“Although some business owners of the nation’s big companies have been convicted and sentenced, they can be given another chance if they are willing to contribute to the national economy as a whole by creating jobs, returning profits to society, committing themselves to reinvigorating the stalled economy and lastly, if the public opinion would be in favor of pardoning them in this regard.”
Hwang-Gyo Ahn, South Korea’s Minister of Justice
“Enforcing laws in an excessively strict manner toward corporate tycoons who violated laws is of no help to invigorating our sluggish economy at all. I couldn’t agree more with the justice minister’s recent remarks [of possibly pardoning them].”
Choi Kyoung-hwan, South Korea’s Deputy Prime Minister and Finance Minister
SEOUL, Sep. 28 (Korea Bizwire) – Of late, highly suggestive remarks from the nation’s top-ranking government officials, regarding a possible pardoning of several high-profile business owners, who were sentenced and jailed for some charges, have stirred controversy whether this is right time to give a second chance even if those measures are conducive to reviving the economy as a whole.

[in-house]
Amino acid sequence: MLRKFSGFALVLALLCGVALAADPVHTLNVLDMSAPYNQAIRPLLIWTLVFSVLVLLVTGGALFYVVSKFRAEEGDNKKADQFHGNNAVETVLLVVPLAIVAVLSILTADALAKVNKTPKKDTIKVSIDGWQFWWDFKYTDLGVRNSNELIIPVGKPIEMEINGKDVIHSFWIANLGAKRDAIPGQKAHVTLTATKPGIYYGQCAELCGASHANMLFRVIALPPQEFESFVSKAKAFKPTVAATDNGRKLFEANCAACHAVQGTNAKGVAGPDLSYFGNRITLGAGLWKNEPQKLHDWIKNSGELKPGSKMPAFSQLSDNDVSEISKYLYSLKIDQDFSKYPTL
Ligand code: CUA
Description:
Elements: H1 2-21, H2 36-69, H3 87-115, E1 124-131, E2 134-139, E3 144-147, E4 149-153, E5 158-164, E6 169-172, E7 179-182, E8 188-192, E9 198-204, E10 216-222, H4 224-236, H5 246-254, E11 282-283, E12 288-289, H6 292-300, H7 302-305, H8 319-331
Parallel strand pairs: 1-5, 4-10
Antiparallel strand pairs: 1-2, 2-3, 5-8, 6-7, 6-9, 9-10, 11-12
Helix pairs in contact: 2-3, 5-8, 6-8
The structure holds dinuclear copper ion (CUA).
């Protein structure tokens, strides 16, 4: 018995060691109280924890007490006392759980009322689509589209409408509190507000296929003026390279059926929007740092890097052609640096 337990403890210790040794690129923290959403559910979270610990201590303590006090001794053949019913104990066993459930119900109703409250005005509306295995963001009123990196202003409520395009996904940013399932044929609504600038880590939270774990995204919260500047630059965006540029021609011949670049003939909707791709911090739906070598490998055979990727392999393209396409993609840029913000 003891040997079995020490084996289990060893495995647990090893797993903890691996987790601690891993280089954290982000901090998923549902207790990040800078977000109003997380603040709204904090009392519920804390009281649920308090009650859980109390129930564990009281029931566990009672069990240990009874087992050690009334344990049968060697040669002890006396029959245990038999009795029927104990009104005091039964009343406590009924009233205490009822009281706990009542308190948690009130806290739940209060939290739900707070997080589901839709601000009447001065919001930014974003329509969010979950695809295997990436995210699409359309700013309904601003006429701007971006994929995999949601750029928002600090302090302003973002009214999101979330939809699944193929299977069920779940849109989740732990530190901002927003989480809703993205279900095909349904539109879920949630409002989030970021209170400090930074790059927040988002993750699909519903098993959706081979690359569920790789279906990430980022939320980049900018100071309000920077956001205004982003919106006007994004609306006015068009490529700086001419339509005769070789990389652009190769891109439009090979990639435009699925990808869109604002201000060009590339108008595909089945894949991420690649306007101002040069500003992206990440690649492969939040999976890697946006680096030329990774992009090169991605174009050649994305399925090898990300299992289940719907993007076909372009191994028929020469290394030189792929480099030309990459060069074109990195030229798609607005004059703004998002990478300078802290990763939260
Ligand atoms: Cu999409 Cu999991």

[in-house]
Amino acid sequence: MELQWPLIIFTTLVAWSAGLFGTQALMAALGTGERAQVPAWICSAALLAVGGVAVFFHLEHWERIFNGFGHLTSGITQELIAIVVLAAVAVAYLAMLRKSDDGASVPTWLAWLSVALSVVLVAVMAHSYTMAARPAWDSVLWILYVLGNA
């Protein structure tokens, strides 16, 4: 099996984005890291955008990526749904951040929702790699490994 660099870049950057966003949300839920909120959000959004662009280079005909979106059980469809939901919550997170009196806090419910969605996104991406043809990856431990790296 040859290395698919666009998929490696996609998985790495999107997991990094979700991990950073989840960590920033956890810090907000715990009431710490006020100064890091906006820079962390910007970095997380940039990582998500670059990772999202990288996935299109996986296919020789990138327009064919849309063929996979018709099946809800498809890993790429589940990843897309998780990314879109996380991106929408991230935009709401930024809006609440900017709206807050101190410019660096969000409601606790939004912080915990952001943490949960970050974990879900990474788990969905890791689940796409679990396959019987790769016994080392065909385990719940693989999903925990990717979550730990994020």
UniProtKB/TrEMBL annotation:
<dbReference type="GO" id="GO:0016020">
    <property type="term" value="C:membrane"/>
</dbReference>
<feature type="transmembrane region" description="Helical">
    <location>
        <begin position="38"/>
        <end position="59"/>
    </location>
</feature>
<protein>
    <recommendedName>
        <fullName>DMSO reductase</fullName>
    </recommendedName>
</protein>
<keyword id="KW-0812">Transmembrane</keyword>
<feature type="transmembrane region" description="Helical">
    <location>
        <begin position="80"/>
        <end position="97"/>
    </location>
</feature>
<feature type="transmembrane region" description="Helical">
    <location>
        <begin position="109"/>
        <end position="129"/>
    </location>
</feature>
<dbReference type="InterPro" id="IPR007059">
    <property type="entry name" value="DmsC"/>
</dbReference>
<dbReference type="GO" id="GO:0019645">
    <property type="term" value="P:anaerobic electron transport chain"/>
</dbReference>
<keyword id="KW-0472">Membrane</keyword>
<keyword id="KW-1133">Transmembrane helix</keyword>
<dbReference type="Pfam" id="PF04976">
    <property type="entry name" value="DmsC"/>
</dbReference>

If the government carries on their plan and pardons some business owners for that matter, former chairman of SK Group, Chey Tae-won is highly likely to benefit from the lenient gestures, according to local sources and reports.
And SK Group, on their part, with the absence of the active chairmanship, is reportedly facing the worst for its business, making a case that the lack of the leadership is increasingly exerting negative impact on one of the top three conglomerates and — the South Korean economy as a whole.
In fact, SK Innovation has marked the operating loss of 50.3 billion won (about US$48 million), the worst record ever, in the second quarter of this year, and there might be little silver lining in the third quarter, according to local reports. It has been a while since SK Telecom, a cash cow of SK Group, went downhill due to excessive competition in the mobile and ICT market. Only SK Hynix that chairman Chey Tae-won pushed taking over, albeit in fierce opposition, made the operating profit of 1 trillion won (about US$957 million) in the second quarter.
What is the worst to the group is the absence of its vision; also, the vacancy of the chairman makes it difficult to promote creative business strategies and make large-scale investments.
In contrast to the stance of the ruling party, Park Young-sun, floor leader for the opposition New Politics Alliance for Democracy, retorted, “There is a movement in which top policy makers even including the justice minister are lobbying to pardon jailed corporate tycoons. It seems that they cannot avoid condemnation if they carry out their plans as our society becomes more stratified between the powerful and the majority of those without.”
By Jerry M. Kim (firstname.lastname@example.org)